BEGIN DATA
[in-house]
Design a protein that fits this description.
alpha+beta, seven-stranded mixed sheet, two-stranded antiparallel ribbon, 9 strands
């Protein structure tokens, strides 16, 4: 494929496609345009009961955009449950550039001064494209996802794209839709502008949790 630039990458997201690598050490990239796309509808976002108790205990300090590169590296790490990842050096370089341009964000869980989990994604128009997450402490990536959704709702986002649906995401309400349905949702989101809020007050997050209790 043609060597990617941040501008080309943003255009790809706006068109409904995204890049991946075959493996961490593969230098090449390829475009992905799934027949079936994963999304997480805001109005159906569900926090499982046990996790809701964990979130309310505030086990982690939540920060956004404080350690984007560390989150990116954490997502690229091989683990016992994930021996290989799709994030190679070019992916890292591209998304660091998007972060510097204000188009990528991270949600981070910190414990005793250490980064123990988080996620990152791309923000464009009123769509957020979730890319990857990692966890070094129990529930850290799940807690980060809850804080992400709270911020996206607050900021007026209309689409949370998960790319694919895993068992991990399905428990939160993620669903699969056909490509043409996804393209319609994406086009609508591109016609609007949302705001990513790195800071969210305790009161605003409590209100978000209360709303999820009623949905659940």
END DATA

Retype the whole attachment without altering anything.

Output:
[in-house]
Design a protein that fits this description.
alpha+beta, seven-stranded mixed sheet, two-stranded antiparallel ribbon, 9 strands
């Protein structure tokens, strides 16, 4: 494929496609345009009961955009449950550039001064494209996802794209839709502008949790 630039990458997201690598050490990239796309509808976002108790205990300090590169590296790490990842050096370089341009964000869980989990994604128009997450402490990536959704709702986002649906995401309400349905949702989101809020007050997050209790 043609060597990617941040501008080309943003255009790809706006068109409904995204890049991946075959493996961490593969230098090449390829475009992905799934027949079936994963999304997480805001109005159906569900926090499982046990996790809701964990979130309310505030086990982690939540920060956004404080350690984007560390989150990116954490997502690229091989683990016992994930021996290989799709994030190679070019992916890292591209998304660091998007972060510097204000188009990528991270949600981070910190414990005793250490980064123990988080996620990152791309923000464009009123769509957020979730890319990857990692966890070094129990529930850290799940807690980060809850804080992400709270911020996206607050900021007026209309689409949370998960790319694919895993068992991990399905428990939160993620669903699969056909490509043409996804393209319609994406086009609508591109016609609007949302705001990513790195800071969210305790009161605003409590209100978000209360709303999820009623949905659940």